The correlation between breast fibroglandular tissue and prediction of survival has not been investigated. King et al.  assessed breast cancer risk and its association with FGT, yet this was not as strong as with BPE. Donchos et al.  reported no significant association between amounts of FGT or MD and cancer development (p = 0.5 and p = 0.4, respectively). This is similar to our results which show that neither FGT nor MD is useful imaging biomarkers to assess survival.
Our study has several limitations. First, both BPE and FGT were qualitatively graded. This subjective method of assessment is an inherent limitation. However, it accurately reflects the current clinical practice and we further tried to mitigate this limitation by using four experienced readers. Especially for the evaluation of changes in the amount of BPE and FGT, the inter-reader agreement was fair to moderate and could potentially have masked associations. Automated quantitative rather than qualitative evaluation may potentially help reduce this variability and should be the topic of future studies. Second, the retrospective nature of this study did not allow us to analyze the point of the menstrual cycle at each MRI examination; further subgroup analysis based on the time of the menstrual cycle could strengthen the results of this study. Third, as previously observed in studies involving patients undergoing neoadjuvant therapy, chemotherapy influences MD and BPE . In our study, 193/298 patients underwent chemotherapy. Of these, 171 patients began chemotherapy after baseline MRI and mammography. The remaining 22 patients underwent baseline MRI after the first cycle of chemotherapy; 7/22 patients were evaluated as having no changes in BPE and FGT by all readers after the onset of hormonal treatment. It has to be noted that it was not possible to stratify by the menopausal status as this information was not available in every patient. Therefore, additional studies with a larger sample size and with adjustment for other risk factors (menstrual, menopausal status, and familial risks of breast cancer, age, BRCA mutation) are needed to evaluate whether there is an association between BPE, FGT, and MD with patient survival.
In conclusion, qualitative evaluation of BPE, FGT, and mammographic MD changes cannot predict which patients are more likely to benefit from adjuvant endocrine treatment. Adjuvant endocrine treatment duration is associated with survival in women diagnosed with ILC.
Availability of data and materials
The datasets used and/or analyzed during the current study are available from the corresponding author on reasonable request.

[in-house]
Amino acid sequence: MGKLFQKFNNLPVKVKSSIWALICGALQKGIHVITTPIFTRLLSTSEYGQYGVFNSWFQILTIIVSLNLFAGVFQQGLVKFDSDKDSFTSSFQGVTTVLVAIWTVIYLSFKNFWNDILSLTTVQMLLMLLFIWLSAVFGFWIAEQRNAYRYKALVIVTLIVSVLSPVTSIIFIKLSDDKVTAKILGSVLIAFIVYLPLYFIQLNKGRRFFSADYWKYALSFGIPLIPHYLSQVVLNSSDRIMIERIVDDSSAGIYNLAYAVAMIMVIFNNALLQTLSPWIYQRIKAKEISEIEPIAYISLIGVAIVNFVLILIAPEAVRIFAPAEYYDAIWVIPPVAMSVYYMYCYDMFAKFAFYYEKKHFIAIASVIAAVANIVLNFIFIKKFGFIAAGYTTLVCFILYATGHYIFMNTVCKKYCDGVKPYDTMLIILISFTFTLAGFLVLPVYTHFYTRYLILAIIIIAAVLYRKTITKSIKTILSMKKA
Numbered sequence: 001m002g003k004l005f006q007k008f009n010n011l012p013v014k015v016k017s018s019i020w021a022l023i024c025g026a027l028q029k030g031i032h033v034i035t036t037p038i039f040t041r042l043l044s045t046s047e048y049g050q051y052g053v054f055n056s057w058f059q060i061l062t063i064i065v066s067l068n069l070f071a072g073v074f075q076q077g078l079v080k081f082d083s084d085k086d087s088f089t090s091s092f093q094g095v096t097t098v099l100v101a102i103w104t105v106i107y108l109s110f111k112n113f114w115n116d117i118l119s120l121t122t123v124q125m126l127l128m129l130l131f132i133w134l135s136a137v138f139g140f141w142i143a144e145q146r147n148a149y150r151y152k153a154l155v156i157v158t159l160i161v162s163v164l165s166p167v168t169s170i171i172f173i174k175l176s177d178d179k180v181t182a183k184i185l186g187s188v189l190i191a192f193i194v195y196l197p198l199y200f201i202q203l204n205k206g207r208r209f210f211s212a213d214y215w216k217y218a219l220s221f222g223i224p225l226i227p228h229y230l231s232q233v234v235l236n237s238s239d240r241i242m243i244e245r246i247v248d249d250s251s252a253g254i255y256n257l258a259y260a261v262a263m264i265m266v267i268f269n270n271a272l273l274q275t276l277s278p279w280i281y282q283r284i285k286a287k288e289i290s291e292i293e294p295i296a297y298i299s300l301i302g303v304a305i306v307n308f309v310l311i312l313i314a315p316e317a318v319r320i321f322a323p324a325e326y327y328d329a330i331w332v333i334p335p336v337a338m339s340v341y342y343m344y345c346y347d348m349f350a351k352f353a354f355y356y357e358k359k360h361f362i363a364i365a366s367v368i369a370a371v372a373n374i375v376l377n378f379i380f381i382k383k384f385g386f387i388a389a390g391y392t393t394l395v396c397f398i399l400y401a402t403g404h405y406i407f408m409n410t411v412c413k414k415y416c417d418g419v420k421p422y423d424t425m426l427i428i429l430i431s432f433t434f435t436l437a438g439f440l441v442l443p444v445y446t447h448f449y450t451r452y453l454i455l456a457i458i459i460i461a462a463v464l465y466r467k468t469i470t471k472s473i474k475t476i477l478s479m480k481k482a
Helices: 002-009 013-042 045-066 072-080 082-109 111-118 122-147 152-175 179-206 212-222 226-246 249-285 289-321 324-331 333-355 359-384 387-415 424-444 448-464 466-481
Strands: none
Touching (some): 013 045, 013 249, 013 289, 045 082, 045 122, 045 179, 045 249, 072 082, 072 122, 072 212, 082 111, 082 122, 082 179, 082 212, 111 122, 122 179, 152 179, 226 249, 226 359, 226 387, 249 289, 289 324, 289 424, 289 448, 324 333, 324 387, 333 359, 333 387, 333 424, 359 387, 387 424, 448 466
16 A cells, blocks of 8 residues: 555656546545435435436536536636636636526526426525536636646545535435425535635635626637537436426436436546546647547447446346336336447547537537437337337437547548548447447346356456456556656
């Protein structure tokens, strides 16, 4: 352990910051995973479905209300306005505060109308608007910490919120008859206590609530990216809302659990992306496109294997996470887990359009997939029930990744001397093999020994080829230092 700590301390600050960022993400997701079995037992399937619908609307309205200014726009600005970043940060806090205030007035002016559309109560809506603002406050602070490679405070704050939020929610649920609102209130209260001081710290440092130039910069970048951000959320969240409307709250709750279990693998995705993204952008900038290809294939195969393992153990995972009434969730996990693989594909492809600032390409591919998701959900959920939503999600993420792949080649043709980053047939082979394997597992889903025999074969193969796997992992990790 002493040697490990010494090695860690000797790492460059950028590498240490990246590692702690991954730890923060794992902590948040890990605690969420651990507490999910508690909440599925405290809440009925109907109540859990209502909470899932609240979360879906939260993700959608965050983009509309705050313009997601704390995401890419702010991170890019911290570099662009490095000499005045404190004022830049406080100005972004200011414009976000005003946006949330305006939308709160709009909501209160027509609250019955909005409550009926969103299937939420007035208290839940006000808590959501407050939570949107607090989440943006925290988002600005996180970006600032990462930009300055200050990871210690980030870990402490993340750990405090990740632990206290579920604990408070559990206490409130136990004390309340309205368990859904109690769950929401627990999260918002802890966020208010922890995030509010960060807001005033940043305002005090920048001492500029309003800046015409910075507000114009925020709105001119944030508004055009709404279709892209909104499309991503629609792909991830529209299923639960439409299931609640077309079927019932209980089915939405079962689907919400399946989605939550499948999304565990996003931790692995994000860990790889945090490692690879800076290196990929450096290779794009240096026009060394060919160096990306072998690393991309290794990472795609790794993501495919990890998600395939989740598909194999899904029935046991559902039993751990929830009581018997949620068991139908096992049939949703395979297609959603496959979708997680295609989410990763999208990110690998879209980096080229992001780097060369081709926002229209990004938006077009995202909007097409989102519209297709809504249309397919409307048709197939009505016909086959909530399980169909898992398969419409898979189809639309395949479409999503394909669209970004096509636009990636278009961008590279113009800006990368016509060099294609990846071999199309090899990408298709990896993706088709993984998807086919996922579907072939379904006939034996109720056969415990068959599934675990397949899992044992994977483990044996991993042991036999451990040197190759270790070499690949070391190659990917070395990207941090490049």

Breast Imaging Reporting and Data System
Background parenchymal enhancement
Invasive ductal carcinoma
Invasive lobular carcinoma
Magnetic resonance imaging
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The authors would like to thank Joanne Chin and Johanna Goldberg for their assistance with the manuscript.
This study received funding from the NIH/NCI Cancer Center Support Grant (P30 CA008748), the Breast Cancer Research Foundation, Susan G. Komen, Spanish Foundation Alfonso Martin Escudero, and the European School of Radiology.
Ethics approval and consent to participate
This single-institution retrospective study was compliant with the Health Insurance Portability and Accountability Act guidelines and approved by the Memorial Sloan Kettering Cancer Center Institutional Review Board with a waiver of written informed consent.
Consent for publication
Katja Pinker received payment for activities not related to the present article including lectures including service on speakers bureaus and for travel/accommodations/meeting expenses unrelated to activities listed from the European Society of Breast Imaging (MRI educational course, annual scientific meeting), the IDKD 2019 (educational course), and Siemens Healthineers. Elizabeth A Morris has received a grant from GRAIL. Maxine S Jochelson has received an honorarium from GE for speaking and an honorarium for speaking at the Lynn Sage Breast Cancer Symposium and at MD Anderson. The other authors of this manuscript declare no conflicts of interest.
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Contrast-enhanced T1-weighted fat-suppressed subtraction maximum intensity projection images in the sagittal plane showing examples of minimal, mild, moderate and marked BPE, respectively.
Contrast-enhanced T1-weighted fat-suppressed images (A,B) and corresponding subtraction maximum intensity projection images (C,D) in the sagittal plane before (A,C) and after (B,D) onset of endocrine treatment showing mild change in BPE.
Contrast-enhanced T1-weighted fat-suppressed images (A,B) and corresponding subtraction maximum intensity projection images (C,D) in the sagittal plane before (A,C) and after (B,D) onset of endocrine treatment showing marked change in BPE.
Kaplan–Meier plot of recurrence-free survival using FGT categories on MRI as strata. 1) almost entirely fat; 2) scattered fibroglandular tissue; 3) heterogeneous fibroglandular tissue; 4) extreme fibroglandular tissue.
Kaplan–Meier plot of overall survival using FGT categories on MRI as strata. 1) almost entirely fat; 2) scattered fibroglandular tissue; 3) heterogeneous fibroglandular tissue; 4) extreme fibroglandular tissue.
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Lo Gullo, R., Daimiel, I., Rossi Saccarelli, C. et al. MRI background parenchymal enhancement, fibroglandular tissue, and mammographic breast density in patients with invasive lobular breast cancer on adjuvant endocrine hormonal treatment: associations with survival. Breast Cancer Res 22, 93 (2020). https://doi.org/10.1186/s13058-020-01329-z
- Breast cancer
- Background parenchymal enhancement
- Invasive lobular